In order to make a difference in the lives of our learners, great educators must create experiences that tap into learners’ hearts so their minds are open to critically consuming information to create new and better things that are relevant to them and the real world. Meaningful learning sticks when great educators focus on the right things first! In Innovate Inside the Box, George Couros says, “We have to acknowledge that our students come to us with a unique mix of experiences, strengths, weaknesses, and passions…Our calling or task is to expose students to numerous pathways and provide them with the skills to be self-directed and goal-oriented so they can choose or create a path that allows their brilliance to shine” (p.32).  I’ll admit, at the beginning of my career, I was so focused on delivering the curriculum that I rarely leveraged the moments where I could have listened more and developed deeper connections with my students to make learning matter. I always cared about them, but I thought that the primary way of showing it was by “covering the content” instead of making investments in their emotional deposit boxes and continuously giving them the choice and voice they deserved. In the book Personal and Authentic, Thomas Murray says, “Expecting children to walk through our doors and desire a “standard” model of education completely ignores the vast differences in interests, passions, and strengths of our learners. Providing opportunities, both small and large for these learners to explore areas that are meaningful to them recognizes who they are and reaffirms to them that they matter” (p. 107).

4 Fun Ways to Fire Up Learners

How can great educators create conditions that bring out the best attributes of every learner who enters the school buildings and classrooms they live in? I’ll tell you what has worked for me… fire them up and make them a part of the learning process! Empower them to listen, think, discuss, and choose the way they want to learn. Create opportunities where learners freely share their ideas, listen to others’ perspectives, and talk about what’s on their hearts and minds. Use those moments to influence their learning and plan instruction that’s tailored to their needs; give them the starring role in vibrant future mind movies that they can recall and later share with pride, joy, and gratitude! With that being said, I want to share what my students think are 4 fun ways to empower them and fire up the learning that transpires in classrooms! These are learning experiences that they request we revisit regularly:

Picture of the Day

I discovered Picture of the Day from Hello Literacy consultant Jen Jones many years ago. I have found that using pictures is a low stakes, meaningful, purposeful way to observe, think, promote critical discussion, and honor other perspectives about anything you choose! In author Ralph Fletcher’s recent keynote at the Spring Virtual Long Island Language Arts Council Conference on March 25, 2020, he discusses how the world of our learners is increasingly visual. Photos are a universal language that reveal emotions and tell stories about people’s lives. Photos can magically stop time and become a tool for inquiry. They also serve as mentor texts that can inspire learners to take their own photographs and document their own journey. When I introduce the picture of the day, I begin by selecting pictures that are of high interest, relevant to the unit of study I am teaching, and/or mirror the interests of the learners in my class. For example, if I am teaching story elements, I may showcase pictures with a variety of settings, people, conflicts, and resolutions; if I have learners who have a passion for sports, traveling, cooking, etc… I will share those photographs. The students are invited to make observations (list things that can see in the picture) and then make reasonable inferences (using the details from the picture and what they already know) to develop ideas and perspectives about the photo. My students are also encouraged to select their own photographs in the choice boards I will discuss below! Learners can think and respond about photographs in a multitude of ways (i.e. in a writer’s notebook, Google Doc/Slides, Jamboard). I have found that Picture of the Day has supported my learners in previewing and comprehending more complex informational text.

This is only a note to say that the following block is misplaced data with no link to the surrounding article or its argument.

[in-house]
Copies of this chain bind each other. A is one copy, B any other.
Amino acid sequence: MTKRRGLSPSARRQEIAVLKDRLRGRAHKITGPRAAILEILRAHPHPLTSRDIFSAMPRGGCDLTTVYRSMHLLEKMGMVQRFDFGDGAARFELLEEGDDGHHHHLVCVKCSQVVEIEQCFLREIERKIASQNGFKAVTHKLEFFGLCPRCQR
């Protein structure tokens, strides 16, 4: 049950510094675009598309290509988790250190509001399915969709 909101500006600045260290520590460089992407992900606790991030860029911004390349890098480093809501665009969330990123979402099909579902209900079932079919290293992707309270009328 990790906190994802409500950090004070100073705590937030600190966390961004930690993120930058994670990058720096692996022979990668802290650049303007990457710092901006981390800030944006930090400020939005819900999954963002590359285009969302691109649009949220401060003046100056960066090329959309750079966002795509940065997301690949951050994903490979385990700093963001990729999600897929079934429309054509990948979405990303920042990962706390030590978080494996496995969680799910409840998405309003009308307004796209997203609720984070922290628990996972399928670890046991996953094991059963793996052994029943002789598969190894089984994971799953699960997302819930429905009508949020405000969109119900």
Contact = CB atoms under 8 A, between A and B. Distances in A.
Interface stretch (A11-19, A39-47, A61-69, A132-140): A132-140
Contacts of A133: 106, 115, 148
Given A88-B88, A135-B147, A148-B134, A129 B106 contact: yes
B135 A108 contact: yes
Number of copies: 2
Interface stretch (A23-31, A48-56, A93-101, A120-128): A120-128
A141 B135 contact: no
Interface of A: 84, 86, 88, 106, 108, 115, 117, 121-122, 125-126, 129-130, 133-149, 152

Choice Boards

Choice boards are not only a great way to empower learners by giving them choice and voice in what and how they are going to learn, but it also provides meaningful balance between online and offline learning. I have found that providing learners with choice boards encourages intrinsic motivation and a more meaningful desire to learn,  personalized instruction, and allows students to respond by using various print and digital competencies. This type of freedom guides learners towards independence. The choice boards I designed below were inspired by Catlin Tucker’s blog and self-paced course on blended learning. Each choice board includes skills/strategies that I have introduced in my own classroom. I revise the learning activities as I introduce new skills/strategies. Revising the options keeps learning fun and engaging! In the book Innovate Inside the Box, Couros states, “When students are empowered to choose how they can best demonstrate their knowledge and skills, they are able to see the relevance in learning the basics and how reading, writing, and math apply to their lives and are less likely to check out mentally” (pp. 62-63).